Welcome to letter L and to this year’s Theme:
The Glories of Tea With Stepheny
I’ve had tea in Harrod’s Department Store on the 4th floor, near the luggage department if my memory serves me right. It is a place meant for shoppers to tuck into and refresh themselves and then continue their shopping. There is no fine china on hand but plain white pots and cups and saucers selected for their utilitarian purpose.
I have stopped as well in a tea shop across the road from Harrods. Plain and simple, yet it made me feel I was a woman who had come from a Cotswold Village to shop for the day and was having a cuppa before catching the train home.
When it came time to write a third novel, A Garden of Sweet Disorder, all but finished, the main character comes to London with a friend for the weekend. After researching, I selected the Savoy Hotel for the scene where the women have tea. Below are a few lines from a chapter.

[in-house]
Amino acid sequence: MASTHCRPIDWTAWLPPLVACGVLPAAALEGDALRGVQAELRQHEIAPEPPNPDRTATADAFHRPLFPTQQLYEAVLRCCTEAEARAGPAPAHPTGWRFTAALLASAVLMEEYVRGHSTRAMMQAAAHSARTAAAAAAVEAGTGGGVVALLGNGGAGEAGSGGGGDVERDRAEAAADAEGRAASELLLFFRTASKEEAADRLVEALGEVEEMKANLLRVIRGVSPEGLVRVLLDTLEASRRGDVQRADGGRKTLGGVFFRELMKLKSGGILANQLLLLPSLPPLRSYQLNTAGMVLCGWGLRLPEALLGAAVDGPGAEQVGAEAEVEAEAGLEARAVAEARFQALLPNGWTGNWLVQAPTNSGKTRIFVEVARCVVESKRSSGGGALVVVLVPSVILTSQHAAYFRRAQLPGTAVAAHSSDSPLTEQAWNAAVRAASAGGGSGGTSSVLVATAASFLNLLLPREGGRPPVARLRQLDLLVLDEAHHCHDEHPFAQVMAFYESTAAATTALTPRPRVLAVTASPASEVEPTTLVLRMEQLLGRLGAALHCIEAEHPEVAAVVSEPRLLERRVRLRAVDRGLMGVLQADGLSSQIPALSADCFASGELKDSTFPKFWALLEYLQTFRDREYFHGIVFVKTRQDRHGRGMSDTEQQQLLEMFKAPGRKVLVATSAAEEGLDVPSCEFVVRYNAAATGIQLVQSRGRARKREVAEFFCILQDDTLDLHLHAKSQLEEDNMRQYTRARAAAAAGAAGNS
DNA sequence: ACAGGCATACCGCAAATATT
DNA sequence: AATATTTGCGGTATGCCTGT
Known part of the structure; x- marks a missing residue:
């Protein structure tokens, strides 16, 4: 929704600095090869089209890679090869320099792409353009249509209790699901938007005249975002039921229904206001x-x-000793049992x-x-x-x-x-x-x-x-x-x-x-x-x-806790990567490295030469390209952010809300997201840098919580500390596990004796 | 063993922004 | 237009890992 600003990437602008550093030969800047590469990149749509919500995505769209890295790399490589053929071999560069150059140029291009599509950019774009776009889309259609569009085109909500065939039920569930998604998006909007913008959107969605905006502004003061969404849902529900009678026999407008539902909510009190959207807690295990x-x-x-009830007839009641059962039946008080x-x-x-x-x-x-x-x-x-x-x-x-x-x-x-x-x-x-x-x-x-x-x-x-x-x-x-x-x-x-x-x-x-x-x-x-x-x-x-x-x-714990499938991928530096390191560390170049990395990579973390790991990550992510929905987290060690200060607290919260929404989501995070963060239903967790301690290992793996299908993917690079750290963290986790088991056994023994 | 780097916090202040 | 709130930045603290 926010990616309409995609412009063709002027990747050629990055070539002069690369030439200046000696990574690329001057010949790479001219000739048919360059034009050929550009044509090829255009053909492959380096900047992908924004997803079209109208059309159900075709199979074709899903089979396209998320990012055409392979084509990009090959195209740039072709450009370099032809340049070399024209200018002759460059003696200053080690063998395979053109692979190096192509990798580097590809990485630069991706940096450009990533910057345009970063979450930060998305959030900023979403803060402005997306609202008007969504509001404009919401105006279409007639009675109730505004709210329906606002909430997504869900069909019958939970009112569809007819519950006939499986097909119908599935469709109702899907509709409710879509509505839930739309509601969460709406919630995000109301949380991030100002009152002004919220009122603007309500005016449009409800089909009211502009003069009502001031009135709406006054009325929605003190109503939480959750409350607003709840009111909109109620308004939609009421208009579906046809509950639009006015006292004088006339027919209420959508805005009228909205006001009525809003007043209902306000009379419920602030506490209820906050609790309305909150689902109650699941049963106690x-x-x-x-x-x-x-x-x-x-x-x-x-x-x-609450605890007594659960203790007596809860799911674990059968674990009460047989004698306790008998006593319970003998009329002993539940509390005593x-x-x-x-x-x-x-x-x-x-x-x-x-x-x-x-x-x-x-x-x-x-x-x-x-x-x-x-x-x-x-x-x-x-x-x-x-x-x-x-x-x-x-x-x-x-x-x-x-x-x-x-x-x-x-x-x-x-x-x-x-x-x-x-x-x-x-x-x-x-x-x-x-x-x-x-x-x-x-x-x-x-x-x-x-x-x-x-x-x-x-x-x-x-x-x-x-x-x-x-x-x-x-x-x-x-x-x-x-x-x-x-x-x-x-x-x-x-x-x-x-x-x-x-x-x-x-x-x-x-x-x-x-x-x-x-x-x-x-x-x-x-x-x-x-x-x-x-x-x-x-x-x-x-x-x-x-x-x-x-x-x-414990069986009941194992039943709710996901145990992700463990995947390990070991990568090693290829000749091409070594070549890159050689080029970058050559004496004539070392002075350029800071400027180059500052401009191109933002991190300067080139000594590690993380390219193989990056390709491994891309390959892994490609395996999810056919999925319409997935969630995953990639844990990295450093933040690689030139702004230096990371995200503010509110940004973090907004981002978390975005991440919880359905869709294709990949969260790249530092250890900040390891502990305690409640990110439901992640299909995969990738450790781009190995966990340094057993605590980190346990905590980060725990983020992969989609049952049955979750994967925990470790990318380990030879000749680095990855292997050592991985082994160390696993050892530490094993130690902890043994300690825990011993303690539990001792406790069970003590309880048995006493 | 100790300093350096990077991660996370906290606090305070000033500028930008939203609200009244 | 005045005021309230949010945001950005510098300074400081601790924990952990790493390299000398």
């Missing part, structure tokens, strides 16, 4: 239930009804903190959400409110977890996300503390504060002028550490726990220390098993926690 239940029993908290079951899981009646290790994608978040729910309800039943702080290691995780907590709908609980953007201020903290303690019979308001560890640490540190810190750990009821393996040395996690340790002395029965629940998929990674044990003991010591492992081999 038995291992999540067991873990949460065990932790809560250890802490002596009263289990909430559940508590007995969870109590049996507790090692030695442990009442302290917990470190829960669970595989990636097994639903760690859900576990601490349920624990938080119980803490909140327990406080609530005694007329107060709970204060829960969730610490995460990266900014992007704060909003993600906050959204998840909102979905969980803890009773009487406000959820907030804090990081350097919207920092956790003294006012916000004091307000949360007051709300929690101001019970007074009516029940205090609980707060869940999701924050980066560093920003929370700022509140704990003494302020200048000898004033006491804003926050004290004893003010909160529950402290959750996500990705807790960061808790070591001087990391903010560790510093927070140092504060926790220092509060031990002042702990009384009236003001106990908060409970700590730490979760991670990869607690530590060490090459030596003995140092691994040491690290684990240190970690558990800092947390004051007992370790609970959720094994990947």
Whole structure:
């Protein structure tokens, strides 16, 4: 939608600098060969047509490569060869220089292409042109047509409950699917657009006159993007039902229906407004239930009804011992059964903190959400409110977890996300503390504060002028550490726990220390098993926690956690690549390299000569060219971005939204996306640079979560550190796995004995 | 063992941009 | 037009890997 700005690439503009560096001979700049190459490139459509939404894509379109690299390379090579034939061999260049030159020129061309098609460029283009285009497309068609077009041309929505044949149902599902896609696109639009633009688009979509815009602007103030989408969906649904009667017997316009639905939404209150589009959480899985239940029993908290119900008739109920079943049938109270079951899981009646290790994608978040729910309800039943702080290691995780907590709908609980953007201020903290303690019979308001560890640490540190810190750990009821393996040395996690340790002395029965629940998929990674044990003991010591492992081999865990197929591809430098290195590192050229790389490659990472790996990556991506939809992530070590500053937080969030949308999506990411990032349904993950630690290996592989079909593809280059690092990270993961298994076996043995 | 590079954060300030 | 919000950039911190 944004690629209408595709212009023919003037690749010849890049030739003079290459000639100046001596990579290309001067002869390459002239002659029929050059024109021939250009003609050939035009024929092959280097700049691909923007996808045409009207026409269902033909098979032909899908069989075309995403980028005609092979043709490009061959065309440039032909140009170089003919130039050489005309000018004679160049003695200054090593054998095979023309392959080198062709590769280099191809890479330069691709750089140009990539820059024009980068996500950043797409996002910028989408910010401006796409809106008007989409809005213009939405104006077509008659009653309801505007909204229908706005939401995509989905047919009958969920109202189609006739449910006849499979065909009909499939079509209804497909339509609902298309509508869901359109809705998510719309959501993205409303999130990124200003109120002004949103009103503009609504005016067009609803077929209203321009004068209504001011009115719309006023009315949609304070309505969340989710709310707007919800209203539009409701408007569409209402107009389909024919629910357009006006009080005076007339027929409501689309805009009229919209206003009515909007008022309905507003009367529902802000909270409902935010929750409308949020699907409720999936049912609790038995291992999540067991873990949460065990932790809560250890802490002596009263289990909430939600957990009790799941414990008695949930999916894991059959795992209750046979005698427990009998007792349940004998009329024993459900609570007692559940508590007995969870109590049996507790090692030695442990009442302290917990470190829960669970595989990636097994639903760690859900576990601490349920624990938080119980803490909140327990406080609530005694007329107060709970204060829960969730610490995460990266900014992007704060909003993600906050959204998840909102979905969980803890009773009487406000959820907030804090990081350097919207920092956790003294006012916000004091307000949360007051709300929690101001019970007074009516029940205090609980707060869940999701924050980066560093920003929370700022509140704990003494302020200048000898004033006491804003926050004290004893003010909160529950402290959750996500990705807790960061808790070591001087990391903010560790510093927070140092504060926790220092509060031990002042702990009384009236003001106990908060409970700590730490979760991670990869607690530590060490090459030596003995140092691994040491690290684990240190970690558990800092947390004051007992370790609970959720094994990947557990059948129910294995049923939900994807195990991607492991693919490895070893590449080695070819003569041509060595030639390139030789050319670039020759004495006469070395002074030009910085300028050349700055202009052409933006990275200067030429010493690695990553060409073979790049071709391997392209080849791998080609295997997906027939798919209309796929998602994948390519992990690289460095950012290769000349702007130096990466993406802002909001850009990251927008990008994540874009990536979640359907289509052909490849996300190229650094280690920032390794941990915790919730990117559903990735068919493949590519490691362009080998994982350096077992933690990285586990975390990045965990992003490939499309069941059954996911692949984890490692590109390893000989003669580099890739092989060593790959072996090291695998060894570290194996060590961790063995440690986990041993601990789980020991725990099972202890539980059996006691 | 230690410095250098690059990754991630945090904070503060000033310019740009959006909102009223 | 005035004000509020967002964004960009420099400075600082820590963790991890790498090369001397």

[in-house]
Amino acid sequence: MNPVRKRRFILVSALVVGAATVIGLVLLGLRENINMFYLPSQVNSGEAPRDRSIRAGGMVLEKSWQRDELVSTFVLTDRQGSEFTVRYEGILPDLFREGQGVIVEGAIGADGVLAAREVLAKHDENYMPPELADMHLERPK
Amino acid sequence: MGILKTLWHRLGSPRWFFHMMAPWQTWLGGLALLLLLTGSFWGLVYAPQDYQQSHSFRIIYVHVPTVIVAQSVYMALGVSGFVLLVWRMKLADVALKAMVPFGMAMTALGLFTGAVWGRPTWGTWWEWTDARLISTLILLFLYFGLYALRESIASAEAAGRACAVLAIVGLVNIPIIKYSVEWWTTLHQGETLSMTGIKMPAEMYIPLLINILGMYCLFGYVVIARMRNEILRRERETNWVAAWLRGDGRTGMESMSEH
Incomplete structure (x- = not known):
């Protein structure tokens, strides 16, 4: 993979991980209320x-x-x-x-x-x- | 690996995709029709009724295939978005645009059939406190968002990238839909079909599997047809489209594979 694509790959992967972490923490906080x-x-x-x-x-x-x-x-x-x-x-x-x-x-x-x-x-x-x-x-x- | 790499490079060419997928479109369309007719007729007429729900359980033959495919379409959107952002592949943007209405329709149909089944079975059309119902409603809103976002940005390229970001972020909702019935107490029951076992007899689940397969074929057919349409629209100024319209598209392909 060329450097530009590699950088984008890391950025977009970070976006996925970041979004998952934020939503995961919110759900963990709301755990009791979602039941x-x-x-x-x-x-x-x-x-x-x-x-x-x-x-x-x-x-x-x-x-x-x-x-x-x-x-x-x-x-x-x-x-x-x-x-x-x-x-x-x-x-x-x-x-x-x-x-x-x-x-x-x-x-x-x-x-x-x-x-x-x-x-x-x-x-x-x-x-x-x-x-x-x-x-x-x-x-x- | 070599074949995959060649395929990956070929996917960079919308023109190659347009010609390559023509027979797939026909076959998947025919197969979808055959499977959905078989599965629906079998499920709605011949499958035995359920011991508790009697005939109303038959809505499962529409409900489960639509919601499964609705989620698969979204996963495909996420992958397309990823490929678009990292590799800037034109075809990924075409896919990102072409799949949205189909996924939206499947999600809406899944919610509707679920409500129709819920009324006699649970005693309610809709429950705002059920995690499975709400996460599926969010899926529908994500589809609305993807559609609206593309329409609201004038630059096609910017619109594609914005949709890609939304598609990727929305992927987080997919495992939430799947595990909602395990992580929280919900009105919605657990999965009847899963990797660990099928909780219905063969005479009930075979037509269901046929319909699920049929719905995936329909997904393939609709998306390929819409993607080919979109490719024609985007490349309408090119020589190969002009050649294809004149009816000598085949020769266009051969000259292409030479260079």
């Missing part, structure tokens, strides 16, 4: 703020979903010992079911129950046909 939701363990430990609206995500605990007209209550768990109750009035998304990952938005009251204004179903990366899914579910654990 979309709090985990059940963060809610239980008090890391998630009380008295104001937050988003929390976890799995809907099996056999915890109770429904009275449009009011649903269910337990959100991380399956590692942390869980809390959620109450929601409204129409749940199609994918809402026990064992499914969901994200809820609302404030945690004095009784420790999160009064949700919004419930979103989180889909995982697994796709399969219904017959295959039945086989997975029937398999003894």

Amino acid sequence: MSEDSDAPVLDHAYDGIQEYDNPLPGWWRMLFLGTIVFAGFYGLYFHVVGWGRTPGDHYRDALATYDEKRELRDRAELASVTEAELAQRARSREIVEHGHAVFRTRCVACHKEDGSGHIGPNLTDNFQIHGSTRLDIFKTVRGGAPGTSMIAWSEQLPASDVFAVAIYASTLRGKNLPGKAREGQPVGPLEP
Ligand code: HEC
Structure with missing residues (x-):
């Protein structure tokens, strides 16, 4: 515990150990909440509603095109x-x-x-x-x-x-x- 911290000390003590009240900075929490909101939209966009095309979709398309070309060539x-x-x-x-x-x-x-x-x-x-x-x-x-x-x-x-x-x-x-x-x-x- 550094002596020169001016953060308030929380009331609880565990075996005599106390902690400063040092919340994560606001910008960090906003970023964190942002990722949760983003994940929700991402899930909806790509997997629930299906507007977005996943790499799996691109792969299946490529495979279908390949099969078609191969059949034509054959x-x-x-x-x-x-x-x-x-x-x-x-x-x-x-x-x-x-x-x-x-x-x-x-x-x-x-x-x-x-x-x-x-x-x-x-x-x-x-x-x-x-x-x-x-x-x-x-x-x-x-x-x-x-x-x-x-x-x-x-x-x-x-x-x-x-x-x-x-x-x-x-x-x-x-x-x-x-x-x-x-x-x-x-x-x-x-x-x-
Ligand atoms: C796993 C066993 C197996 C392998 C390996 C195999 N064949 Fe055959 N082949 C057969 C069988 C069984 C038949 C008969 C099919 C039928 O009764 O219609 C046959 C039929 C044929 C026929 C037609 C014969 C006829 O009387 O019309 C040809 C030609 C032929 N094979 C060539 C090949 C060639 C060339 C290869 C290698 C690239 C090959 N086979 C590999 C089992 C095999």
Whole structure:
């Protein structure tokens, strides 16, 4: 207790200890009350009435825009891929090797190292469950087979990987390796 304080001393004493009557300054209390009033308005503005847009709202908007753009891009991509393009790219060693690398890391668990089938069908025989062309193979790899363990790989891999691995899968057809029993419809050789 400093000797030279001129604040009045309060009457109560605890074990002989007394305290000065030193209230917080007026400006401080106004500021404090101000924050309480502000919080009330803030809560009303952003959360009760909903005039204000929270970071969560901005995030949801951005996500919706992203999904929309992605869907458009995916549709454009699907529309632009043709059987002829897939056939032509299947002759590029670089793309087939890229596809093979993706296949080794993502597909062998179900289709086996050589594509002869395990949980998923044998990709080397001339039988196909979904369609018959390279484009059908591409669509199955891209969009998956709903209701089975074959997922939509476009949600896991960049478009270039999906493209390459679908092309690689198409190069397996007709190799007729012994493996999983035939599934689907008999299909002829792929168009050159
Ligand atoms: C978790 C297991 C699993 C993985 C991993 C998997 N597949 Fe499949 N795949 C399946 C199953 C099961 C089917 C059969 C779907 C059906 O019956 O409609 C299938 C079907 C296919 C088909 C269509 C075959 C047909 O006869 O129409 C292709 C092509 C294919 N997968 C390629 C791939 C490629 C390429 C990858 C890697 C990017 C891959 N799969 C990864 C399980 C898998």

When it was time, the two women stood in front of the reservation desk for their 3:00 reservation in the Thames Foyer of The Savoy Hotel. Sarah took in the surroundings with the hope that she would remember every detail of this light and bright Edwardian salon with a garden gazebo at its center, and an ornate glass cupola overhead. She knew the Foyer had been added to the original hotel in the early 1900s.
Following the hostess to their table, Anne said quietly, “Geoffrey brought me here for one of their fashionable ‘Art-Deco’ dinner dances. They hired live orchestras like the legendary Savoy Orpheans that were once the hotel’s resident musicians in the roaring 1920s.”
“It must have been fantastic.” The women were seated.
Anne said with a straight face, “Geoffrey is a terrible dancer.” Sarah stifled a laugh. Here in this rarefied atmosphere, at a great cost, Anne’s memory was of her partner’s ineptitude.
“The Salon Couture High Tea is the best event they have ever held. Guests enjoy afternoon tea and a 1950s style fashion show like the iconic couture shows held at the hotel in that era. Christian Dior debuted their collections then.”